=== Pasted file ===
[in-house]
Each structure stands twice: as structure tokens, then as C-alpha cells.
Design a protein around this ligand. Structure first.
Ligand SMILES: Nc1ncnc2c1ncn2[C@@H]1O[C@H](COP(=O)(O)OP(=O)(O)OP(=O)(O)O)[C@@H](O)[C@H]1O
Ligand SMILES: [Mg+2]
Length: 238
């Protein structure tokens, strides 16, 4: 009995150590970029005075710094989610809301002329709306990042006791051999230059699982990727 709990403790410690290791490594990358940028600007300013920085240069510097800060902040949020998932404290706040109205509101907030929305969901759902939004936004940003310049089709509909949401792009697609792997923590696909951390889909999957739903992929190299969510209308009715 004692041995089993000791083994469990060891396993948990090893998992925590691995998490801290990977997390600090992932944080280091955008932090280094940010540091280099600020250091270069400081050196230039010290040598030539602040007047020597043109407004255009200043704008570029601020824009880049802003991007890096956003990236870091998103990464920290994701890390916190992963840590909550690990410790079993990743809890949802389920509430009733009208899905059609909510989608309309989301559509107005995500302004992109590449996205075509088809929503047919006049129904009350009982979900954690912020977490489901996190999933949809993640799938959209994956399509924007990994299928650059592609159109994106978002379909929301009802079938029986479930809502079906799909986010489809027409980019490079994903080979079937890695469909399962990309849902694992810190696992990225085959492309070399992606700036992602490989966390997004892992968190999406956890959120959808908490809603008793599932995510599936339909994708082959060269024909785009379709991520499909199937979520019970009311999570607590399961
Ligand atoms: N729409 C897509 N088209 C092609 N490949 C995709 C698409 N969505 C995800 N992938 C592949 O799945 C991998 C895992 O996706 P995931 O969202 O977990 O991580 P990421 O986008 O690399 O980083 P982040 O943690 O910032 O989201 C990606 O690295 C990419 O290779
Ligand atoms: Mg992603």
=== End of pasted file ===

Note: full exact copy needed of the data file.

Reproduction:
[in-house]
Each structure stands twice: as structure tokens, then as C-alpha cells.
Design a protein around this ligand. Structure first.
Ligand SMILES: Nc1ncnc2c1ncn2[C@@H]1O[C@H](COP(=O)(O)OP(=O)(O)OP(=O)(O)O)[C@@H](O)[C@H]1O
Ligand SMILES: [Mg+2]
Length: 238
């Protein structure tokens, strides 16, 4: 009995150590970029005075710094989610809301002329709306990042006791051999230059699982990727 709990403790410690290791490594990358940028600007300013920085240069510097800060902040949020998932404290706040109205509101907030929305969901759902939004936004940003310049089709509909949401792009697609792997923590696909951390889909999957739903992929190299969510209308009715 004692041995089993000791083994469990060891396993948990090893998992925590691995998490801290990977997390600090992932944080280091955008932090280094940010540091280099600020250091270069400081050196230039010290040598030539602040007047020597043109407004255009200043704008570029601020824009880049802003991007890096956003990236870091998103990464920290994701890390916190992963840590909550690990410790079993990743809890949802389920509430009733009208899905059609909510989608309309989301559509107005995500302004992109590449996205075509088809929503047919006049129904009350009982979900954690912020977490489901996190999933949809993640799938959209994956399509924007990994299928650059592609159109994106978002379909929301009802079938029986479930809502079906799909986010489809027409980019490079994903080979079937890695469909399962990309849902694992810190696992990225085959492309070399992606700036992602490989966390997004892992968190999406956890959120959808908490809603008793599932995510599936339909994708082959060269024909785009379709991520499909199937979520019970009311999570607590399961
Ligand atoms: N729409 C897509 N088209 C092609 N490949 C995709 C698409 N969505 C995800 N992938 C592949 O799945 C991998 C895992 O996706 P995931 O969202 O977990 O991580 P990421 O986008 O690399 O980083 P982040 O943690 O910032 O989201 C990606 O690295 C990419 O290779
Ligand atoms: Mg992603």